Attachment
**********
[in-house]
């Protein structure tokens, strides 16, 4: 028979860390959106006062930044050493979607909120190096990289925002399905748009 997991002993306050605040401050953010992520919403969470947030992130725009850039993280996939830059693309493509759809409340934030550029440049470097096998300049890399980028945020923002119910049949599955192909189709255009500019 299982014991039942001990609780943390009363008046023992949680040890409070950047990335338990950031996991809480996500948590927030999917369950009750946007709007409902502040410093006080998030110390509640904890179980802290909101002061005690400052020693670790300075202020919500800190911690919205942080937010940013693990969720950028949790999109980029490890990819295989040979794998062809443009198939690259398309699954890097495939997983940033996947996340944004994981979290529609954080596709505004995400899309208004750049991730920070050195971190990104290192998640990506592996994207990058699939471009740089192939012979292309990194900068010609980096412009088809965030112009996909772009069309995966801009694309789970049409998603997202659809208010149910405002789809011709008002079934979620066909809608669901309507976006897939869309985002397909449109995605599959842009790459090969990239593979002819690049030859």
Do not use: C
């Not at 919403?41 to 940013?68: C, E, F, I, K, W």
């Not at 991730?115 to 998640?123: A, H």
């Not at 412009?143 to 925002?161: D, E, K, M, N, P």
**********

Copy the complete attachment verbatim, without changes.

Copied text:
[in-house]
């Protein structure tokens, strides 16, 4: 028979860390959106006062930044050493979607909120190096990289925002399905748009 997991002993306050605040401050953010992520919403969470947030992130725009850039993280996939830059693309493509759809409340934030550029440049470097096998300049890399980028945020923002119910049949599955192909189709255009500019 299982014991039942001990609780943390009363008046023992949680040890409070950047990335338990950031996991809480996500948590927030999917369950009750946007709007409902502040410093006080998030110390509640904890179980802290909101002061005690400052020693670790300075202020919500800190911690919205942080937010940013693990969720950028949790999109980029490890990819295989040979794998062809443009198939690259398309699954890097495939997983940033996947996340944004994981979290529609954080596709505004995400899309208004750049991730920070050195971190990104290192998640990506592996994207990058699939471009740089192939012979292309990194900068010609980096412009088809965030112009996909772009069309995966801009694309789970049409998603997202659809208010149910405002789809011709008002079934979620066909809608669901309507976006897939869309985002397909449109995605599959842009790459090969990239593979002819690049030859």
Do not use: C
């Not at 919403?41 to 940013?68: C, E, F, I, K, W």
């Not at 991730?115 to 998640?123: A, H």
């Not at 412009?143 to 925002?161: D, E, K, M, N, P």